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In On What Matters, Derek Parfit argues that we sometimes have objective reasons to have certain desires or aims. I find this to be a metaphysical claim, and other philosophers (such as Michael Smith) have said similar things.

According to Reasons Fundamentalism, there is a fundamental metaphysical relation that holds between facts, on the one hand, and beliefs, desires, aims, and actions, on the other. This relation holds when the fact in question gives a reason for the belief, desire, aim, or action. The relation is metaphysically fundamental, or so the suggestion goes, because we cannot define what it is for a fact to give a reason for some belief, desire, aim, or action, in terms of other facts; we cannot analyze the concept of a fact’s giving a reason for some belief, desire, aim, or action, in terms of other concepts; we cannot reduce the property of giving a reason for some belief, desire, aim, or action, to some other property; and so on.

– Michael Smith (2017) Parfit's Mistaken Meta-ethics

Is there any alternative, non-metaphysical interpretation of Parfit's objectivism? Because the metaphysical undertones of his work makes it impossible for me to take the whole thing very seriously and I have extreme difficulty finding motivation to make the effort and actually read his full 3 volumes. I know a lot of respectable philosophers admire Parfit, and I like his older and more famous thought experiments regarding personal identity and the repugnant conclusion, but I just cannot buy his metaphysical metaethics. The only alternative explanation is that when he says "sometimes it is the objects of our desires of aims that give us reasons to have such desires or aims", he is simply proposing a linguistic convention. In that sense he wouldn't be claiming to have discovered an a priori truth about the nature of the universe, but rather he would be inventing a convention and advocating in its favor. However, the language he uses throughout the book seems to indicate that he doesn't think of his statements as proposing conventions:

Rather than proposing a new moral theory, I shall try to learn from some existing theories, hoping to get somewhat closer to the truth.

– Derek Parfit (2011) On What Matters

If somebody could show me that "he is on to something", and that he is not being metaphysical, perhaps that would help me to find the motivation to read the entire On What Matters (I only read part one of volume one).

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  • The claim that we have objective reasons to believe that energy is conserved is no more or less metaphysical. That does not make it a priori. It is an empirical generalization, and well confirmed as such, but projecting energy onto reality and speaking of it as a real entity is metaphysics. Yet, empirical facts give us reasons to believe energy conservation. "Objects of our desires or aims give us reasons to have such desires or aims" can be seen as another such generalization, and Parfit's "learning from some existing theories" as reaching for what has been confirmed by ethical experience.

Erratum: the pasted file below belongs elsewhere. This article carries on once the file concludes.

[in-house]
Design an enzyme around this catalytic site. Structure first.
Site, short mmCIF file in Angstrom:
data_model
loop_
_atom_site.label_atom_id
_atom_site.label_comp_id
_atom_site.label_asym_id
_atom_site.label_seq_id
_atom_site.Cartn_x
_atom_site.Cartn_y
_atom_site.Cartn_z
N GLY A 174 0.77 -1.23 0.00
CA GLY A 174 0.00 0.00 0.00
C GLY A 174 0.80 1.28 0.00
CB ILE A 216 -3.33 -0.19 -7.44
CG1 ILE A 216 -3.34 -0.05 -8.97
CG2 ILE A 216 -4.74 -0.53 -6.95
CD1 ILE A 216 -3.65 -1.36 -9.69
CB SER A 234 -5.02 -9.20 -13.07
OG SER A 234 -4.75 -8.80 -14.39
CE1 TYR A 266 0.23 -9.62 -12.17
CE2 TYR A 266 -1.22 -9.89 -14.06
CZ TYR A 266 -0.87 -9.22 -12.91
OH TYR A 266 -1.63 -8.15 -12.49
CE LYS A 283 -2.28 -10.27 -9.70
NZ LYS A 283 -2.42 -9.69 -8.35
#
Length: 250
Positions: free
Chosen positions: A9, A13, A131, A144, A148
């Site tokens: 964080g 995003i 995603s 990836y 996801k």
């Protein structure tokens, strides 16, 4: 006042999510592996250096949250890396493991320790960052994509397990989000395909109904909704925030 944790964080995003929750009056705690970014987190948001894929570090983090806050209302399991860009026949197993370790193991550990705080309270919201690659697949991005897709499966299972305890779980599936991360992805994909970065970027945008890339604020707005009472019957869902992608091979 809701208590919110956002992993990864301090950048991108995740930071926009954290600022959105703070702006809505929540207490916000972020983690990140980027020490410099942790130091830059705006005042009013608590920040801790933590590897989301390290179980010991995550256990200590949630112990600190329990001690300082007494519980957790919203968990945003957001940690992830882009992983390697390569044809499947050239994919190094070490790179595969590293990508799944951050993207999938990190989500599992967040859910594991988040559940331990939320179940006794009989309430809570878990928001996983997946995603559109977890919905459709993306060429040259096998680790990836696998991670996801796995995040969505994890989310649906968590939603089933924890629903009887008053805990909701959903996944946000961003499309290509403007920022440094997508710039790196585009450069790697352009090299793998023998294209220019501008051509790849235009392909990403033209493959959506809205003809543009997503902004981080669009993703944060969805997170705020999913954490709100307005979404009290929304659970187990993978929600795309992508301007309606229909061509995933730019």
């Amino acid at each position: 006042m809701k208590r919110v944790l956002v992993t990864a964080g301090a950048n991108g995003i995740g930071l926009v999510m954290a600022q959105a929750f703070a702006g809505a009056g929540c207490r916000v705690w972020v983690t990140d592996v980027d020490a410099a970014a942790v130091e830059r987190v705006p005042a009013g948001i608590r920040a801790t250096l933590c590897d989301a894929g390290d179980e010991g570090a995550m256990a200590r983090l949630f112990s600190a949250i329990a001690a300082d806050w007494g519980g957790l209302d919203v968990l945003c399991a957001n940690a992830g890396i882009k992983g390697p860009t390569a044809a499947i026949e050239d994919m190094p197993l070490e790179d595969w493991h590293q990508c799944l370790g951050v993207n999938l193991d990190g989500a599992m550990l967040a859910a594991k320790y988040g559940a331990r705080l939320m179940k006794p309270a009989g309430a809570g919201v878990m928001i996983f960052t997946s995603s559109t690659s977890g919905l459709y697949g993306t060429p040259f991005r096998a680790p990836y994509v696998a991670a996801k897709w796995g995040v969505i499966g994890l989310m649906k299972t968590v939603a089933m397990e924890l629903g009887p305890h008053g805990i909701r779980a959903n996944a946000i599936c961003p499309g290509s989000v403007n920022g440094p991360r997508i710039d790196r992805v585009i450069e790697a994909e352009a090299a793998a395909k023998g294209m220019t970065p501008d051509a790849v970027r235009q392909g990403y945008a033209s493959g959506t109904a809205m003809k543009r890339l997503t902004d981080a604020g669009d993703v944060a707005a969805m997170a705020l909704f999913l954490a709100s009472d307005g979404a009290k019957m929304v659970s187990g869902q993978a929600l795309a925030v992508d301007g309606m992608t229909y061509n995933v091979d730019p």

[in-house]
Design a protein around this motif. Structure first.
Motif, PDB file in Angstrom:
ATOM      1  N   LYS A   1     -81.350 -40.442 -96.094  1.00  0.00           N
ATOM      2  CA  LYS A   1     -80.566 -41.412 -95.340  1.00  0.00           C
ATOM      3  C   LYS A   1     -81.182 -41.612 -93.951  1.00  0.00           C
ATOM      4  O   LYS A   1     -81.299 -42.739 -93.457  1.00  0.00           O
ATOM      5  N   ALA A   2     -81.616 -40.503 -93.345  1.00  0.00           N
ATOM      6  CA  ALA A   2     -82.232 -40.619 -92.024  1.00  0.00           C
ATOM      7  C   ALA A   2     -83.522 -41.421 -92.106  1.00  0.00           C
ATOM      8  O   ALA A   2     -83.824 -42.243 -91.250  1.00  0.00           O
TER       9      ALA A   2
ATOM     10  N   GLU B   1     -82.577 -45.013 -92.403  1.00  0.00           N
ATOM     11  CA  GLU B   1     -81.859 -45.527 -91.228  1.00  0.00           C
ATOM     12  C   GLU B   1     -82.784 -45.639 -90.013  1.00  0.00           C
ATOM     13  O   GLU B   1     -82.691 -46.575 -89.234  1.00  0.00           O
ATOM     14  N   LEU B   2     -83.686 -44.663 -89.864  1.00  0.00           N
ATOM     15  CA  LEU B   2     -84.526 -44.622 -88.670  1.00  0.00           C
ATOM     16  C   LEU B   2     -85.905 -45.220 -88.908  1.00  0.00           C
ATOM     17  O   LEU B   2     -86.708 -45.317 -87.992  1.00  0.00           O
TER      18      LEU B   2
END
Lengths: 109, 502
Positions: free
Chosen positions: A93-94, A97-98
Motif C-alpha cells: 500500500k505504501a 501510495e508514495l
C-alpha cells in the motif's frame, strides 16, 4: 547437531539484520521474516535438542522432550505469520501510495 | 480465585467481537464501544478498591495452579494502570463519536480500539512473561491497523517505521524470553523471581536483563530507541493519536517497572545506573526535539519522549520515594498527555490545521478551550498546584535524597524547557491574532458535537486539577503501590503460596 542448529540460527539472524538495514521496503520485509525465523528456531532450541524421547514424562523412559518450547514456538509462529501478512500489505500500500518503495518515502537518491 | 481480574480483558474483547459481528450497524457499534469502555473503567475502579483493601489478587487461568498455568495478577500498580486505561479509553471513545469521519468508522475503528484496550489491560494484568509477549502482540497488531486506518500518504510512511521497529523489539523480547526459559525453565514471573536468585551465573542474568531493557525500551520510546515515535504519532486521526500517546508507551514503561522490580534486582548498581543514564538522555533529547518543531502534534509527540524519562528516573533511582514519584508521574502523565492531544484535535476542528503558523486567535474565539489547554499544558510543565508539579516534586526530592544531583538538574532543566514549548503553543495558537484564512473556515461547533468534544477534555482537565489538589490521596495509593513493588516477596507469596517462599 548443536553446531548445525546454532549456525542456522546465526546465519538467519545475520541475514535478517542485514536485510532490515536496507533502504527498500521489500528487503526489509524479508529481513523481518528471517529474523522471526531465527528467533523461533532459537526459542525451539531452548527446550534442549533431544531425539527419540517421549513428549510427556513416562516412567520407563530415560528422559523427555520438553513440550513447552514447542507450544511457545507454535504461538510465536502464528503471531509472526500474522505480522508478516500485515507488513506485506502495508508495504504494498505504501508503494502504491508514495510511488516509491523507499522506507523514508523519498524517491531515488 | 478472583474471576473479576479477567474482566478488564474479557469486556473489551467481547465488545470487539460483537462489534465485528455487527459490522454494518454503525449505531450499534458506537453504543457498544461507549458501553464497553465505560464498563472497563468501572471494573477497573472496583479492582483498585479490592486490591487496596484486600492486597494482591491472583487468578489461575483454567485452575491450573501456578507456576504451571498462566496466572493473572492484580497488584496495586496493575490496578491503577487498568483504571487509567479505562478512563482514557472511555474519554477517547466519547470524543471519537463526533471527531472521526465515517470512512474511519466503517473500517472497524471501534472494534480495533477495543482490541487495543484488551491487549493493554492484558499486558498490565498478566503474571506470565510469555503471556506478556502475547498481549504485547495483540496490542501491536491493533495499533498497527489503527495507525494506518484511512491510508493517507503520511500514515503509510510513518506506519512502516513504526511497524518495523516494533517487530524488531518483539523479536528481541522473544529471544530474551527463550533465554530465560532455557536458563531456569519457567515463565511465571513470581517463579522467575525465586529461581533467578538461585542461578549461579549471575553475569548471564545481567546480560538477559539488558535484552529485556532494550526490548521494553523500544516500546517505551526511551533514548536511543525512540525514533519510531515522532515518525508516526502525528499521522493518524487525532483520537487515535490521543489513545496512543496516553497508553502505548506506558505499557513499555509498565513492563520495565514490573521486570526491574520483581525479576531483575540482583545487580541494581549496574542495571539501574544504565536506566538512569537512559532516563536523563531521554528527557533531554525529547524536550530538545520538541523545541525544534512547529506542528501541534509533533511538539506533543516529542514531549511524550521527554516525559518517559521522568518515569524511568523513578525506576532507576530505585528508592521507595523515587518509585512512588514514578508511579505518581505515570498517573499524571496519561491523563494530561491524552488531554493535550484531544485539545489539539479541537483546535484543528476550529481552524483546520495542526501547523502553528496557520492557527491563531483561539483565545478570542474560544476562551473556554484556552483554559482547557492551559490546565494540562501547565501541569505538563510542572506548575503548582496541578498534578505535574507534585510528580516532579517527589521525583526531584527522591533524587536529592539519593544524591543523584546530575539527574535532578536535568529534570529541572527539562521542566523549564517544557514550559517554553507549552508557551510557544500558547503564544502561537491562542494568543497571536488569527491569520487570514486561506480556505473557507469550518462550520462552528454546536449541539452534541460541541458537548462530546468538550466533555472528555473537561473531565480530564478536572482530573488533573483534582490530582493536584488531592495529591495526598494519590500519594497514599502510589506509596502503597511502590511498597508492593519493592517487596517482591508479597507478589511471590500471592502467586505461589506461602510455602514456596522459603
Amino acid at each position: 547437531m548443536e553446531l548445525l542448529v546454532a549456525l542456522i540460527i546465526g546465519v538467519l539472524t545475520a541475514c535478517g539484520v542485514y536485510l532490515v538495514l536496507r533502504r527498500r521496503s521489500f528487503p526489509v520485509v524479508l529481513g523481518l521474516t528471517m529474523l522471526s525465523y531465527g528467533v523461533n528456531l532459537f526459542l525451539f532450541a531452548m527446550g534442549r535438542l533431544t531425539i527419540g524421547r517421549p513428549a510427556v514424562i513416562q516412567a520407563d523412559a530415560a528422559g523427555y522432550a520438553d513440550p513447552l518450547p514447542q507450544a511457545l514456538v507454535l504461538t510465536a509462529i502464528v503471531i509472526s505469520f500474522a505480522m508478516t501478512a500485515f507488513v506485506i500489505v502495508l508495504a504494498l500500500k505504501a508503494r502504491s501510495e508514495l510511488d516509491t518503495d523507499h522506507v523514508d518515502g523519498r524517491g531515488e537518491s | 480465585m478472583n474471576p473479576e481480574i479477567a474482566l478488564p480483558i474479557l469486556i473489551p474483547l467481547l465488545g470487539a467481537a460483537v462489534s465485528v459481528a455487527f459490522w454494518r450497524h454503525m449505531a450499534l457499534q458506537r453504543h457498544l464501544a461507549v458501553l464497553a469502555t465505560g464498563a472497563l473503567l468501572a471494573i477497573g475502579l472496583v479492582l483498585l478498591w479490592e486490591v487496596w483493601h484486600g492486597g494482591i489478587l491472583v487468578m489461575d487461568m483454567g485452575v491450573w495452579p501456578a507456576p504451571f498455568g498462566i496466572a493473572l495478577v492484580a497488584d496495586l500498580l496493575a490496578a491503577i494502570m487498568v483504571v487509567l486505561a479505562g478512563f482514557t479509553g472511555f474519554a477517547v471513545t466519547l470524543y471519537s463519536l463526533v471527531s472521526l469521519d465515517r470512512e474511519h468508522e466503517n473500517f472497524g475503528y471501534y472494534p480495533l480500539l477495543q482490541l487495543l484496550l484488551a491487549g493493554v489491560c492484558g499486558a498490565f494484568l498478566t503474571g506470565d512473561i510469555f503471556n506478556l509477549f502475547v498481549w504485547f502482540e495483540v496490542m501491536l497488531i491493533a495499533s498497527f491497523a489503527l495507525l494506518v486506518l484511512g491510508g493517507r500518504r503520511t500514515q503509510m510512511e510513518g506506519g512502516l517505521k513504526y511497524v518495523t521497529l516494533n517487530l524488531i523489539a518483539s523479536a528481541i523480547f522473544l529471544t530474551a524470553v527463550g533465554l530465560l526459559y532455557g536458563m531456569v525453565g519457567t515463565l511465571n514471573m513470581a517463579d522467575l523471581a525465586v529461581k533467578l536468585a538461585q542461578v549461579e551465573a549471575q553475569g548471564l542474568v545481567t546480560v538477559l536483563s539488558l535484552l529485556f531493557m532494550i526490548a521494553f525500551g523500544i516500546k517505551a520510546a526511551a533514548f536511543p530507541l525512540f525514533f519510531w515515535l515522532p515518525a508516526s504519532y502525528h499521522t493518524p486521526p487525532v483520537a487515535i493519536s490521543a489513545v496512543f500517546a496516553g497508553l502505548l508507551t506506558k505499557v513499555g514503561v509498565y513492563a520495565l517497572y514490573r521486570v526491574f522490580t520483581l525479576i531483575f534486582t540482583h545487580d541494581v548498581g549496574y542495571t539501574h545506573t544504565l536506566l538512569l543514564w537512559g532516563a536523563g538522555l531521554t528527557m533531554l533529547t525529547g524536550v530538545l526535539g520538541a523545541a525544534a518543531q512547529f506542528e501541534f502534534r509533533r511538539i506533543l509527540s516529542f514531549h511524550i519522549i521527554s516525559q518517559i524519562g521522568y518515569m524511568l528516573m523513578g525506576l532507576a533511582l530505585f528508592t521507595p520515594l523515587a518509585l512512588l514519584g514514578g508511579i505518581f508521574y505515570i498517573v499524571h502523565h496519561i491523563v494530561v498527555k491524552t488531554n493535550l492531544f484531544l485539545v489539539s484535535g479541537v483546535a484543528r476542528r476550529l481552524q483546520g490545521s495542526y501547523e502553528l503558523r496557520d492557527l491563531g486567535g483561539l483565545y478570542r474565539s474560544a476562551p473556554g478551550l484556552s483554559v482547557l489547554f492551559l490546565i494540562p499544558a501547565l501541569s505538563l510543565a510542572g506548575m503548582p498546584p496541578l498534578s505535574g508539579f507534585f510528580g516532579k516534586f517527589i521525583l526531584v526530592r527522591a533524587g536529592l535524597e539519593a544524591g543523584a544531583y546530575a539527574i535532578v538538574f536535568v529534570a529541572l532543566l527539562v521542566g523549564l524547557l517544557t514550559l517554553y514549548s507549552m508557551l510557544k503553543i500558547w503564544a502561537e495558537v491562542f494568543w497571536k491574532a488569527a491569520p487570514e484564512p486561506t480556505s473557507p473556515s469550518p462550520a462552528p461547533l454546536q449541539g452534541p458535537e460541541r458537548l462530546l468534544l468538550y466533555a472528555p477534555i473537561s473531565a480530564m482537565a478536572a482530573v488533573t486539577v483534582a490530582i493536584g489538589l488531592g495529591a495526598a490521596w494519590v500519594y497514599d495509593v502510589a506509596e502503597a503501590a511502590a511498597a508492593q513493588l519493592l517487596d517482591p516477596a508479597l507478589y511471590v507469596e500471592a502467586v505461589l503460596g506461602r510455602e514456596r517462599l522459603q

– Conifold
    Aug 27 '20 at 7:13
  • I don't think it's exactly the same. Sure, science relies on the metaphysical premise that there is an objective external reality, but then it only makes empirically verifiable claims about this reality. The conservation of energy was inferred via empirical observation. To say that "facts gives us objective reasons to…" is not an empirically verifiable claim relying on an accepted metaphysical premise. It seems to be a metaphysical claim relying on language, and that I think is a fundamental difference.
    – Ariel
    Aug 28 '20 at 7:29
  • To me, "facts give us objective reasons to" looks like a trivial inference from "facts are objective claims" (by definition, assuming realism for their existence), and "claims can be used as reasons". "Objects of our desires give us reasons to have them" is an empirical surmise from entities/events out there moving us to do things. Either way, I do not see much metaphysics there beyond generic realism. I think I do not follow your point about language and conventions, how are they relevant here at all? And how can a metaphysical claim rely on language?
    – Conifold
    Aug 28 '20 at 12:15

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